I wish I had more friends who played softball. And it wasn’t until today that I realized it.

Today was the first day of spring training for Chicago pitchers and catchers. So one of my bosses invited people in our department out into the extremely windy Chicago weather to play a game of catch this afternoon. Naturally, I brought my mitt in to join in the fun (and avoid work for awhile).

Now, I haven’t thrown in nearly four years. And with each throw I made, I realized just how out of shape I was. I felt bad that I couldn’t throw as well as I used to. I don’t have a bad arm, but today it felt like I did. I played softball for almost seven years, and I was throwing like I had only played tee ball.

Dejected, I returned to the office with the others. How could I have let that talent go to waste like that?

playing softball_2006
Warming up before a game during my last summer playing softball.

After I quit playing softball almost 10 years ago, I never really went back. I played catch in the backyard a few times with my mom or dad, but I haven’t played a game. I haven’t been on a team, not even as a hobby. I focused on swimming the last few years of high school, and swimming was the only sport I pursued the first couple years of college before the tendonitis became too much of a bother. My attention turned to classwork, the Daily Nebraskan, internships and keeping my sanity. When I moved to Chicago, I started yoga.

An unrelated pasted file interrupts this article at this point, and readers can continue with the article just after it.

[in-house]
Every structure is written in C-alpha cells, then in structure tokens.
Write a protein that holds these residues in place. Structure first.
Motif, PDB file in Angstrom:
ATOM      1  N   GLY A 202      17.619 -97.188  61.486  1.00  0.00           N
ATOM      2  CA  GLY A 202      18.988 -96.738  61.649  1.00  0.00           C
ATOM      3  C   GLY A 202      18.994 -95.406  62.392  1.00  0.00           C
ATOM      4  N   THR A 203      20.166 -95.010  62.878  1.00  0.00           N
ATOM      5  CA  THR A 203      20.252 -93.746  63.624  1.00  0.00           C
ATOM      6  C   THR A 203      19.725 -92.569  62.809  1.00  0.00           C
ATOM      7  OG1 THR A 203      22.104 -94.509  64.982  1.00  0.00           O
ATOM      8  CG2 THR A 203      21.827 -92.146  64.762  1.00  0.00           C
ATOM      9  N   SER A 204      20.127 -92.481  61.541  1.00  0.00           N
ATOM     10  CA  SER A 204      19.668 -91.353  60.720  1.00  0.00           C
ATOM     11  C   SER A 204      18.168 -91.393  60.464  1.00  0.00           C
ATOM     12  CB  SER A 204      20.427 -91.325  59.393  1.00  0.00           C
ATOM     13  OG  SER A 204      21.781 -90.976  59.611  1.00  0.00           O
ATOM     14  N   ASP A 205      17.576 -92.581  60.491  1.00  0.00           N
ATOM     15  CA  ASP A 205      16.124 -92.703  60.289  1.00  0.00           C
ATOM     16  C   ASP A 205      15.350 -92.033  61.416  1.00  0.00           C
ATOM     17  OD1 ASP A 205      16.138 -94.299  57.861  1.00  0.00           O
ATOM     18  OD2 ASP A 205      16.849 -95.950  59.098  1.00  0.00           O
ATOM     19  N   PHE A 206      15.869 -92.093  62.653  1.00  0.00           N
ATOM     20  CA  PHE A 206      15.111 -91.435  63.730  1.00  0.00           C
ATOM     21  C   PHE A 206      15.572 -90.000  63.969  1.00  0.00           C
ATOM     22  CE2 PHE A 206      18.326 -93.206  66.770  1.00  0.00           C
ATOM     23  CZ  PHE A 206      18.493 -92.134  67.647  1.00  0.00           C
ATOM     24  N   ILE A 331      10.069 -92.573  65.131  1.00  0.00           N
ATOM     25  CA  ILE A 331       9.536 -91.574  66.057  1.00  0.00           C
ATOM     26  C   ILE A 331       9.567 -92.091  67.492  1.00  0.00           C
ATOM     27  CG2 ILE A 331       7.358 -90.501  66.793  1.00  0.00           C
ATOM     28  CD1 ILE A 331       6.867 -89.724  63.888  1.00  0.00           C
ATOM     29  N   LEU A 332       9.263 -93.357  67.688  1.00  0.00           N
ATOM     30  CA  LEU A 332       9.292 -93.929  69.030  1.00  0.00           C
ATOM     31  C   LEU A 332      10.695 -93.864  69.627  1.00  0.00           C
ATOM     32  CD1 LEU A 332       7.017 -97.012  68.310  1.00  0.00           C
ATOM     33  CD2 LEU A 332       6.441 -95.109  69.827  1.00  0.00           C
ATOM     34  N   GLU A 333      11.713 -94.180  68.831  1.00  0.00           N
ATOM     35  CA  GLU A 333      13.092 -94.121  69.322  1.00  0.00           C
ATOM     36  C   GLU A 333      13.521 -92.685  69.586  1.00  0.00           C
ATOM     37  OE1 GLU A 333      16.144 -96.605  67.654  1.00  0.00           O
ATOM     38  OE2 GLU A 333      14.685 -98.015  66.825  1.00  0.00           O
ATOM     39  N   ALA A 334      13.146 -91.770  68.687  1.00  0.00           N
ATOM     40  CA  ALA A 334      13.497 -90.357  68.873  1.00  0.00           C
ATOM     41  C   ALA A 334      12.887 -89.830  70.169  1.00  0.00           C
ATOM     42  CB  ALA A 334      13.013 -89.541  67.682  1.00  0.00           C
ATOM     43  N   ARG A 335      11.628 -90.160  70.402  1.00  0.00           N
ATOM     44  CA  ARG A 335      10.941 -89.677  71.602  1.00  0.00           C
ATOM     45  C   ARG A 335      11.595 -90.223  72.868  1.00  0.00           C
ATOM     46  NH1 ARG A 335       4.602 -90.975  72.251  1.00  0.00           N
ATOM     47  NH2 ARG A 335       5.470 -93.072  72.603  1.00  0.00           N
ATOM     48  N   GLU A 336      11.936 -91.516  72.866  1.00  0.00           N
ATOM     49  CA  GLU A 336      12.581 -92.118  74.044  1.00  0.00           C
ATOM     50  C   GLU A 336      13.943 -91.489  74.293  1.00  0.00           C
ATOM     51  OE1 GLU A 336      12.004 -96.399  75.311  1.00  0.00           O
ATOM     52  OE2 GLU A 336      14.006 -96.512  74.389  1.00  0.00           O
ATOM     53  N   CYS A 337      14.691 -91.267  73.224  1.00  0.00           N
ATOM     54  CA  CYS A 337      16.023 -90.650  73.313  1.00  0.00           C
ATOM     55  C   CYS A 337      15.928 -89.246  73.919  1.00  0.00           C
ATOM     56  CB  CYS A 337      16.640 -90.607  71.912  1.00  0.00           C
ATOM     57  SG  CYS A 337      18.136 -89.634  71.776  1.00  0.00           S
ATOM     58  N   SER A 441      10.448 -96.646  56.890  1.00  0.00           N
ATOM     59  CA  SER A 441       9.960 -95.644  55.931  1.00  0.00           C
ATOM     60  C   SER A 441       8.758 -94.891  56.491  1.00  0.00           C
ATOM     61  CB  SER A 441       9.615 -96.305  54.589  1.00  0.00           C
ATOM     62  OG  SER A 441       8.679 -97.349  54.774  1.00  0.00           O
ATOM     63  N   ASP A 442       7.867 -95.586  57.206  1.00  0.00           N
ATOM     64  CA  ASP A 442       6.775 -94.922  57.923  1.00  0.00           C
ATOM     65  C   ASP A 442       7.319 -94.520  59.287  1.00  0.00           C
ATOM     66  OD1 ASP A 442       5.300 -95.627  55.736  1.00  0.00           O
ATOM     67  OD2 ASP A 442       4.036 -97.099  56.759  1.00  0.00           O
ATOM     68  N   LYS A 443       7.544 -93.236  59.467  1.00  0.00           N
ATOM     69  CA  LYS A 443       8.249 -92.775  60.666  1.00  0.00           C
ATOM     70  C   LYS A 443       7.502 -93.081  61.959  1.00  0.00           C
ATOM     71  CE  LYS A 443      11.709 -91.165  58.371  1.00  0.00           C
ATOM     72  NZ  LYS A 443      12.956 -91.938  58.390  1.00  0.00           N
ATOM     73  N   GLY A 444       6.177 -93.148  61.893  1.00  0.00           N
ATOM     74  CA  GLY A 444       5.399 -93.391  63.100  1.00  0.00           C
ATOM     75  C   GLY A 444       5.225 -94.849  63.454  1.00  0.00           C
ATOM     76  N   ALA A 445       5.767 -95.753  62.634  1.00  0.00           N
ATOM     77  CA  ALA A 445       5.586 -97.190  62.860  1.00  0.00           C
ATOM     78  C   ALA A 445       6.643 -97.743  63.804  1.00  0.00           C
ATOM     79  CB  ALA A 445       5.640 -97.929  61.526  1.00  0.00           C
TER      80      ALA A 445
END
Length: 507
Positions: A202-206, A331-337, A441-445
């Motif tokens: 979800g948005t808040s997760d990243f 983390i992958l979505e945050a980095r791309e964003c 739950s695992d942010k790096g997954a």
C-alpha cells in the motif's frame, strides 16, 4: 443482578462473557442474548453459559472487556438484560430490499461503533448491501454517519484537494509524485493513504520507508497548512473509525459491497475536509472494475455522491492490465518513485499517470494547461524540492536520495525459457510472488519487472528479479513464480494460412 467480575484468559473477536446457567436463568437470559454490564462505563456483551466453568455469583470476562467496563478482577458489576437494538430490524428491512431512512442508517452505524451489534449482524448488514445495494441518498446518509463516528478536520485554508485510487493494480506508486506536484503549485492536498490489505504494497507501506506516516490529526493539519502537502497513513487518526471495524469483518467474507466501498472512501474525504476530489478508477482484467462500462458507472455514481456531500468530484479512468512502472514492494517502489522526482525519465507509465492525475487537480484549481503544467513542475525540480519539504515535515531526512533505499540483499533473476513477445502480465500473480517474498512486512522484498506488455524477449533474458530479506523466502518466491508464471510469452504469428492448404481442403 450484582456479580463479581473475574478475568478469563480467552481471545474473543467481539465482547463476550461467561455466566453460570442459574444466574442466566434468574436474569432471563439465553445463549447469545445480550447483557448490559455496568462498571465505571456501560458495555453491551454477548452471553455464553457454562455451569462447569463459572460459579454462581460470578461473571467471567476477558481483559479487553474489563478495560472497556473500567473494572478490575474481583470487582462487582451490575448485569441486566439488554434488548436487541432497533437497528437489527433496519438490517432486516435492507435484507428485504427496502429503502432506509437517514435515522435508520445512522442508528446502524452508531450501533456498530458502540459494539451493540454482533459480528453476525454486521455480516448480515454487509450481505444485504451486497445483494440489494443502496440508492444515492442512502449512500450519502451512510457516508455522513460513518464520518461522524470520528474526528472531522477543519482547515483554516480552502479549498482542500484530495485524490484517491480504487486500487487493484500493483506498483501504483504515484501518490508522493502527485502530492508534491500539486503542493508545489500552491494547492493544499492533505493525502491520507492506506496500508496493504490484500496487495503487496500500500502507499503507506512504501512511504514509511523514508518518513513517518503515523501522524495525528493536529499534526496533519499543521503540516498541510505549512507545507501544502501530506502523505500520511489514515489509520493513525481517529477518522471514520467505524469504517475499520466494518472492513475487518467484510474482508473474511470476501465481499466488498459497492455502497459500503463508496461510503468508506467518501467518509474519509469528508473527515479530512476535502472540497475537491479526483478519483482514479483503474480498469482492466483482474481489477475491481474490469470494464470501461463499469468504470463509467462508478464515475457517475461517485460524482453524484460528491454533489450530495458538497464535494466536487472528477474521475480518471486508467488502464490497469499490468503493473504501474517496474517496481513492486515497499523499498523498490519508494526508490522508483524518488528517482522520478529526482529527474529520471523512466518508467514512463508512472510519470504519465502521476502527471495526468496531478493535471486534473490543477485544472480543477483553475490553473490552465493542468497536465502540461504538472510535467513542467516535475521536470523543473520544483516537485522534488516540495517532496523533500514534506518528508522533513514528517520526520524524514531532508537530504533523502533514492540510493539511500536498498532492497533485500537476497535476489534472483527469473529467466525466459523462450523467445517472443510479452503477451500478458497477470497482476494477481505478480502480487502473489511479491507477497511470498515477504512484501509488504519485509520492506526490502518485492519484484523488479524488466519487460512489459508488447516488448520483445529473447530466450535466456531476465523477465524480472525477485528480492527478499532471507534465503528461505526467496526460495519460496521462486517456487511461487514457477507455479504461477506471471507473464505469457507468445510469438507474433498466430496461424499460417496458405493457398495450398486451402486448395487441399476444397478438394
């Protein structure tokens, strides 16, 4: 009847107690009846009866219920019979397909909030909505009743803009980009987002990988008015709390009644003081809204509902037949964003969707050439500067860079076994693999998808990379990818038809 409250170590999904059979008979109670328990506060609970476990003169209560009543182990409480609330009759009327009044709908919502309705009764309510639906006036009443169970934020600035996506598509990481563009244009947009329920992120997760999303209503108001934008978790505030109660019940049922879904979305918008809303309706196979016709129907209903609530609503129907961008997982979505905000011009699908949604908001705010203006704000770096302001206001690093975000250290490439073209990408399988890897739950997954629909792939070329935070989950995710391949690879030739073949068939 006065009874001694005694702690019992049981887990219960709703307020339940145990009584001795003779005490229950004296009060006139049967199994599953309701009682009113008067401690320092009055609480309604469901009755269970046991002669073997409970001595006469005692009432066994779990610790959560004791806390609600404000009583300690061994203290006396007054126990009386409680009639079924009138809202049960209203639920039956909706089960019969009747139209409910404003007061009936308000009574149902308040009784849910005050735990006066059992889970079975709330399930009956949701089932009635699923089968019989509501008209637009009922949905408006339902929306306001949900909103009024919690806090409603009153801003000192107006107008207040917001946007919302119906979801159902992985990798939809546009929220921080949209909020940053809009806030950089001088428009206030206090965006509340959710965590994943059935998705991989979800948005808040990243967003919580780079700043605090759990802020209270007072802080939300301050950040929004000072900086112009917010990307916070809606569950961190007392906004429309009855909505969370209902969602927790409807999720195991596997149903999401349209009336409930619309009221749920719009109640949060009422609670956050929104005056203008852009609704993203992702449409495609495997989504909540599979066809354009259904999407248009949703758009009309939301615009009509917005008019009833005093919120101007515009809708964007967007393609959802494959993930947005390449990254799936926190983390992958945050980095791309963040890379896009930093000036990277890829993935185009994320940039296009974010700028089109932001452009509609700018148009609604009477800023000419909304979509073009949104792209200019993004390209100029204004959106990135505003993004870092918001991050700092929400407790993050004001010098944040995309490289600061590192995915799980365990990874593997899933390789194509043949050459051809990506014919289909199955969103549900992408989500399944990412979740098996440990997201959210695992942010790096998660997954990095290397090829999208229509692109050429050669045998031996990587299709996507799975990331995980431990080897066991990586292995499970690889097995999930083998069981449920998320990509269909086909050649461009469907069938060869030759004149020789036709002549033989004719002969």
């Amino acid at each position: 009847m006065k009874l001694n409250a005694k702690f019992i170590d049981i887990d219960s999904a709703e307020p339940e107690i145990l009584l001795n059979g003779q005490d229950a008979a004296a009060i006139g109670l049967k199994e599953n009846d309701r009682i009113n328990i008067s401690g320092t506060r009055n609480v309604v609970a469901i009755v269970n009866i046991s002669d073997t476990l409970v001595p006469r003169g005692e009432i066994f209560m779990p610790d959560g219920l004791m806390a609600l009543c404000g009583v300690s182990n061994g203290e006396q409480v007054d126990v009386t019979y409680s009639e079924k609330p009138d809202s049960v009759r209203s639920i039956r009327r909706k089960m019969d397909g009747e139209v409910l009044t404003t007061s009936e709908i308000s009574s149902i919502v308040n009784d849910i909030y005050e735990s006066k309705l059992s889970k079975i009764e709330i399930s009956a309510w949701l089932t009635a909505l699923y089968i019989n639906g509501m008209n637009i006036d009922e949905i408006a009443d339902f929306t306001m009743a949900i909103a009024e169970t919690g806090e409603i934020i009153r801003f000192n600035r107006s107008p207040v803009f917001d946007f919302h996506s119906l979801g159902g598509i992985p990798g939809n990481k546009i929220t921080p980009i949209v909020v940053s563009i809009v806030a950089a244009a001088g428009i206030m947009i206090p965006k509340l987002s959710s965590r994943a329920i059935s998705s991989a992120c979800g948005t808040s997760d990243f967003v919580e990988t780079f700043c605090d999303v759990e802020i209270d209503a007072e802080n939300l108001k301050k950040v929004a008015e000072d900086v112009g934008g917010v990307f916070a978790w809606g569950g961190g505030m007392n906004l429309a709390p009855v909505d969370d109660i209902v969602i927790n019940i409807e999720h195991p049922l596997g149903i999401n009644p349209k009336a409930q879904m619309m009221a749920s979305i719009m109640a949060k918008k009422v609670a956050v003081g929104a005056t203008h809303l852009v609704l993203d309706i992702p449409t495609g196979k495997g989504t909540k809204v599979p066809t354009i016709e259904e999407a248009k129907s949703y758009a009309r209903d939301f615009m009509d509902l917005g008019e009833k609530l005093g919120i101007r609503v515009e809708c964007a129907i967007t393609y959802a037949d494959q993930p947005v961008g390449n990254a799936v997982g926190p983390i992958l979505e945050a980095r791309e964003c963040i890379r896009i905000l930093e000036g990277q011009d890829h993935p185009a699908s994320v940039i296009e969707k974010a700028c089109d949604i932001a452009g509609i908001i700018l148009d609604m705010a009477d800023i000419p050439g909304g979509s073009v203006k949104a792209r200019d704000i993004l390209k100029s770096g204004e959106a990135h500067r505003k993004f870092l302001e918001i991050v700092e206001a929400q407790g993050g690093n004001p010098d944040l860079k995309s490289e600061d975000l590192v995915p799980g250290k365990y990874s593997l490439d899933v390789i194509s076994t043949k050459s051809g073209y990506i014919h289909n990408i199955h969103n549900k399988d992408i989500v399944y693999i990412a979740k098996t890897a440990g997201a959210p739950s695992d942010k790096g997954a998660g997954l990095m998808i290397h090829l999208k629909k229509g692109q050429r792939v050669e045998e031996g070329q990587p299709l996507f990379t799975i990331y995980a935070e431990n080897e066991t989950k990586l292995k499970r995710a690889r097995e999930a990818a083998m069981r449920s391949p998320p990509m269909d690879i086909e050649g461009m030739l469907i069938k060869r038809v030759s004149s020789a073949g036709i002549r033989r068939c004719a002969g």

Softball has been off my radar for years, but I want it back. And playing catch with one or both of my parents when I go home is not enough. (Plus, trying to play catch in northern Minnesota in November and/or December is kind out of the question.) I suppose finding a recreational softball league is the best option — even if it is playing it Chicago style.

For now, I’ll let my mitt hang out in my office cubicle for awhile. There’s bound to be a few sunny days in Chicago once summer arrives.


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